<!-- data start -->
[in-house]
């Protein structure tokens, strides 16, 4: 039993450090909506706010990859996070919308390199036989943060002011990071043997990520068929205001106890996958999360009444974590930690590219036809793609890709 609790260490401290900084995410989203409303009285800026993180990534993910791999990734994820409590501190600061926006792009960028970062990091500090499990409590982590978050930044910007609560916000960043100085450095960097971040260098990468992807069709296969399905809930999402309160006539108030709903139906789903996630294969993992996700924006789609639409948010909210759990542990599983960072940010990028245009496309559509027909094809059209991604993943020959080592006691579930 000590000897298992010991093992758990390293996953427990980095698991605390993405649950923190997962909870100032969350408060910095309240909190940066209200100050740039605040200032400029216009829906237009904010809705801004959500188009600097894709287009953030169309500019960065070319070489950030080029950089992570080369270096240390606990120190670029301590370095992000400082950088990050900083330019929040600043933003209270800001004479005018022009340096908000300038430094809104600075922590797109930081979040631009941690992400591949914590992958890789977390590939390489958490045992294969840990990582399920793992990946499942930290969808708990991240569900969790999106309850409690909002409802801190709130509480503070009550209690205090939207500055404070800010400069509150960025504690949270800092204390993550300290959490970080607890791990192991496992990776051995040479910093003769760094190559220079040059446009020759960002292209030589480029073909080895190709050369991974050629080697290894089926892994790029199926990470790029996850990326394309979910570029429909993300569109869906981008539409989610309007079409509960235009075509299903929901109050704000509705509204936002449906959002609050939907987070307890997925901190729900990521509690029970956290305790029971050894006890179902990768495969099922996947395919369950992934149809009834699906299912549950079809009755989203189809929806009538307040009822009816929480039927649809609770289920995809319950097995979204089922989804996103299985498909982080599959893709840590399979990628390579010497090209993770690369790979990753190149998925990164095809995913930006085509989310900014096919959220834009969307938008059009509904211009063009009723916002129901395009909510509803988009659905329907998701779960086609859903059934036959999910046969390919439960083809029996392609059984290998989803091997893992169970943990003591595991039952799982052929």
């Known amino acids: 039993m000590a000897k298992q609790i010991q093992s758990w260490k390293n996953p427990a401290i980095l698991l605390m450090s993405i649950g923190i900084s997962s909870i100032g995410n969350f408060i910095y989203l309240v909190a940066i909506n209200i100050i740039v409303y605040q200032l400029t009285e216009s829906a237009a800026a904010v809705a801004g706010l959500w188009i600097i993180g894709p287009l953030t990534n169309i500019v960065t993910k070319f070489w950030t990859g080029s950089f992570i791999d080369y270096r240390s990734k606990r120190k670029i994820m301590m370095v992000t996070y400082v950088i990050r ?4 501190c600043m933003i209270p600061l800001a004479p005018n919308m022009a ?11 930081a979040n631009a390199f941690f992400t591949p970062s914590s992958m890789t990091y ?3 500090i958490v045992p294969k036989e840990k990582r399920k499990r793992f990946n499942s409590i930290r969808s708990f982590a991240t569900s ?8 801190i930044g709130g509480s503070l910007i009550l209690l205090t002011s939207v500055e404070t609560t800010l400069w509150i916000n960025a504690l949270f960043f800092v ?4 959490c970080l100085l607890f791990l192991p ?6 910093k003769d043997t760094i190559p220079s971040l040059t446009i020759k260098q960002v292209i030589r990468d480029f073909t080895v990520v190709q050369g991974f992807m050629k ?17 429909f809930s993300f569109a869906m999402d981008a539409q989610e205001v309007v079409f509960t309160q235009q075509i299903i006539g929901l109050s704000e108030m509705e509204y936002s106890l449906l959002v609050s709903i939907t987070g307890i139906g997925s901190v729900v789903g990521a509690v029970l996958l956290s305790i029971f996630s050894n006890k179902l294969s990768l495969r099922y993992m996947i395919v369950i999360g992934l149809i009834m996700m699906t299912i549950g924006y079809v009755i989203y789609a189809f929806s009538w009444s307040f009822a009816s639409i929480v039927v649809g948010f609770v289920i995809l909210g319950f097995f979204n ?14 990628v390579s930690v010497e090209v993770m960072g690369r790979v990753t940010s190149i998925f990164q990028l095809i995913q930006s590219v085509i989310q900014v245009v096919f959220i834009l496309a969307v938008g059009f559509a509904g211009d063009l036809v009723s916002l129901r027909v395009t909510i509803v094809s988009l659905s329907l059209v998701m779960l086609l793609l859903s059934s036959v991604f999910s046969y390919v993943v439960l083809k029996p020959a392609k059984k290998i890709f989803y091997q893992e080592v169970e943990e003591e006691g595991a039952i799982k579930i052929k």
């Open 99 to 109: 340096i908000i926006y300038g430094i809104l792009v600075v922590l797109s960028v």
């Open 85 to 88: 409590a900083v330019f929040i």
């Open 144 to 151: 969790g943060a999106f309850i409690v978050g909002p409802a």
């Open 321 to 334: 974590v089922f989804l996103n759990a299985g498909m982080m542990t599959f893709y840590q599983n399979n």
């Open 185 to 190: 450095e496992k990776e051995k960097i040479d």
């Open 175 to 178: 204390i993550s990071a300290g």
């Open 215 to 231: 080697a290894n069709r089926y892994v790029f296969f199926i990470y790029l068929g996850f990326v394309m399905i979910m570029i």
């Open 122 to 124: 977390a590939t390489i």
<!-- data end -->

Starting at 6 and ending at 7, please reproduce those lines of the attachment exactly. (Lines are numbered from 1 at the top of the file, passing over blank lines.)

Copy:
């Open 144 to 151: 969790g943060a999106f309850i409690v978050g909002p409802a």
């Open 321 to 334: 974590v089922f989804l996103n759990a299985g498909m982080m542990t599959f893709y840590q599983n399979n």